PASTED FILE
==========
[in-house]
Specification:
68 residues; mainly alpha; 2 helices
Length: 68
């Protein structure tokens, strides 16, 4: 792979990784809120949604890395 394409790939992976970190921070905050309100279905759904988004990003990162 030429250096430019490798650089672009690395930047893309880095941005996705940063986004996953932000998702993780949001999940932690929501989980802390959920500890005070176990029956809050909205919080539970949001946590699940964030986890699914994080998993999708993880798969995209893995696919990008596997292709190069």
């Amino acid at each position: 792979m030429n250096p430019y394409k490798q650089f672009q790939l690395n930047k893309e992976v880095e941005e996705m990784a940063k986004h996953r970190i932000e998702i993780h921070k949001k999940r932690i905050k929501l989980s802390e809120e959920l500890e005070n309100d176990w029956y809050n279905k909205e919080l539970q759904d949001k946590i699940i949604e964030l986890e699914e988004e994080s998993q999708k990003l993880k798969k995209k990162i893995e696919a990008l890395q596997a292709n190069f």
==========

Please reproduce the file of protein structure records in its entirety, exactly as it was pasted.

[in-house]
Specification:
68 residues; mainly alpha; 2 helices
Length: 68
């Protein structure tokens, strides 16, 4: 792979990784809120949604890395 394409790939992976970190921070905050309100279905759904988004990003990162 030429250096430019490798650089672009690395930047893309880095941005996705940063986004996953932000998702993780949001999940932690929501989980802390959920500890005070176990029956809050909205919080539970949001946590699940964030986890699914994080998993999708993880798969995209893995696919990008596997292709190069």
């Amino acid at each position: 792979m030429n250096p430019y394409k490798q650089f672009q790939l690395n930047k893309e992976v880095e941005e996705m990784a940063k986004h996953r970190i932000e998702i993780h921070k949001k999940r932690i905050k929501l989980s802390e809120e959920l500890e005070n309100d176990w029956y809050n279905k909205e919080l539970q759904d949001k946590i699940i949604e964030l986890e699914e988004e994080s998993q999708k990003l993880k798969k995209k990162i893995e696919a990008l890395q596997a292709n190069f």